Updated: Mar 15, 2020
There are a lot of respiratory things going on right now. After reading research on the Traditional Chinese Medicine (TCM) and Western herbal front, Coronavirus is first and foremost a condition of dampness and phlegm. It's not the only respiratory/flu/bronchial thing out there - they all have a component of dampness (phlegm). In the case of Coronavirus, you want to treat the dampness before the fever. With other respiratory dampness, you want to treat the fever first. One of the unsung champions of the herbal world, Allium, aka, the Humble Onion, is an amazing ally for just such a damp occasion.
Onions make us cry. They're wildly potent. Those two pieces are powerful medicine: Onion knows how to make fluids run AND onion strong enough to see the job through. In TCM, the lungs embody the emotion of grief, which is often associated with tears. The homeopaths have found that Allium Cepa (homeopathic Red Onion) helps with issues of free secretion: runny nose with rawness under and around the nose from mucus irritation. What I love about homeopathy is that there is an emotion and /or spiritual component to the remedy: for people feeling socially isolated. Well, if that doesn't smack of Coronavirus quarantine, I am not sure what does.
I also want to mention sulphur, which gives Onion its distinctive smell. One of Sulphur's role in our bodies is to help protein process collagen. It's found in keratin - nails, hair, and skin. Both the lungs and the skin are a way we can release our waste products, through breath and sweat. It also works closely with the liver, which helps to clean the blood. In general, it is a cleanser; it scrubs out all the dirty, mucked up stuff. And with a scent like that, can you blame it? Sulphur is a stand-alone homeopathic remedy, but I think it bears mentioning. David Lilley writes that Sulphur is the volcano and brimstone. That image itself reminds me of Onion's cascade of scapes, shooting out in every direction. In his homeopathic Materia Medica, William Boericke points out some keynotes for Sulphur. To me, Boericke paints a picture of the Sulphur person as explosive and intolerant of confinement. "Busy all the time... Difficult respiration; wants windows open... Oppression, as if load on chest..." Sulfur is unloading, releasing, non-compliant.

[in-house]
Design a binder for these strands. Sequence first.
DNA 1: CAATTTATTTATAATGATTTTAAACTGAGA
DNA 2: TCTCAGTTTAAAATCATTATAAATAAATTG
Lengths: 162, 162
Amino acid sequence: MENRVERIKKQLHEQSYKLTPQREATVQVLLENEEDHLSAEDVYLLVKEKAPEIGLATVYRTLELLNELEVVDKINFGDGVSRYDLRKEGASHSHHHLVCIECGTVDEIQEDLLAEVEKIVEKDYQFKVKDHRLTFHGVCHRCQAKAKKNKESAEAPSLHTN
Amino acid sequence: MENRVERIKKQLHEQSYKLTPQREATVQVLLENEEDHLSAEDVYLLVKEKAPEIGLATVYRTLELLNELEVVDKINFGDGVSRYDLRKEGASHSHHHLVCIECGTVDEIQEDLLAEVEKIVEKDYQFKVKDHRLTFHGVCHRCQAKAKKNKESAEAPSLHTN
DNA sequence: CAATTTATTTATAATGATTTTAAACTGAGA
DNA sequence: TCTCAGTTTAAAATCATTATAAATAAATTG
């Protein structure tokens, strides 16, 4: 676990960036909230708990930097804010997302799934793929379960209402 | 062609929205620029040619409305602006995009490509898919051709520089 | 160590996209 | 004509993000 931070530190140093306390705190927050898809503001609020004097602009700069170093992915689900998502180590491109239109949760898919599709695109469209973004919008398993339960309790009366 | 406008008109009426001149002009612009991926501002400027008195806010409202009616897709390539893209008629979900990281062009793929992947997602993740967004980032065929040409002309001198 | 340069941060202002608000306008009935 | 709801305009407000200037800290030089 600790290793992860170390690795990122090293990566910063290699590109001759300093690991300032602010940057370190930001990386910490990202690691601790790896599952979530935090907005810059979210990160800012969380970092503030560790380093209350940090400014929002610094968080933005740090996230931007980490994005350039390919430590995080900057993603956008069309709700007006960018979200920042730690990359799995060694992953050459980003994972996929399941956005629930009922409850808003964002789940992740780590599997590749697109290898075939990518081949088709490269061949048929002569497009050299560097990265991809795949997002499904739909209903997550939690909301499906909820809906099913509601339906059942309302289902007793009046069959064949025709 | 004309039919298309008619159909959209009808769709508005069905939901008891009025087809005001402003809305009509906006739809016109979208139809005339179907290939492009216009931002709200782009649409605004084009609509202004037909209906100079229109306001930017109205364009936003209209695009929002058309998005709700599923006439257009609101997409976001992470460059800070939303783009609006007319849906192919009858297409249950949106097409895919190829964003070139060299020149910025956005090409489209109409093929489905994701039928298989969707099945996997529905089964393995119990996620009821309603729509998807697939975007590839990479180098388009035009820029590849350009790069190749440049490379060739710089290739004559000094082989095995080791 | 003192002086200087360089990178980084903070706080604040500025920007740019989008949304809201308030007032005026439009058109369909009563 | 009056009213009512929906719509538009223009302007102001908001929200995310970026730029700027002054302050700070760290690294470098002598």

Other signature that can be found stem from it being a member of the Amaryllidaceae, Allioideae Sub-Family, which means they are plants with bulbs. I'm a gal that loves a signature: The cross-section of the bulb remind me so much of what our lungs look like. And the petals of a bulb plant are colorful and clear and full of moisture. I find that when I plant plants with bulbs, they can't be too deep - if they get wet, stagnant feet, the bulbs will rot. Onion has worked with nature to know that moisture must be kept moving, not allowed to pool and rot into puddles of goo. Our bodies respond to Onion the same way - by thinning out the phlegm so that it can flow. And take a good look at that onion stalk; it's a hollow tube. Another signature that onion knows how to keep open channels of flow. Bulbs are also some of the very first plants to emerge in spring - bulbs know about how to manage all the excessive sogginess of the land. Onion comes in handy when your lungs are a bit of a swampy mess.
How can you invite a little more onion in your life? Cooking is always a great way to start. Nutrition is really the first step in herbal medicine. You can also create a syrup with raw honey and onion. Slice the onion, put it in a pot with onions, and keep it on low for several hours (caution: you don't want to boil out the good constituents of raw honey). You can strain and eat the honey by the tablespoonful. I also saved the onion to cook with later. I even tried making this syrup with Fenugreek seeds. If you want to know more about Fenugreek, check the links at the bottom. You can also use this topically over the chest. Yes, it's sticky. Maybe it's best before bath time. But it totally works. You can certainly poultice an onion without the honey. Onions can be quite strong, so I recommend putting a cloth between your skin and the onion. Master Herbalist Matthew Wood once passed on some info that he learned: you need to use the top of a roasted onion.
Right now, I'm all for knighting this... Noble Onion.
For those that want to know more about other remedies for Coronavirus or damp respiratory issues, Matthew Wood has some of these best and most accessible info on herbal treatment that's out there right now. You can access his Facebook Page or join his institute. https://www.facebook.com/matthewwoodinstituteofherbalism/
John D. Kirschmann: Nutritional Almanac, 6th Edition
William Boericke: Materia Medica with Repertory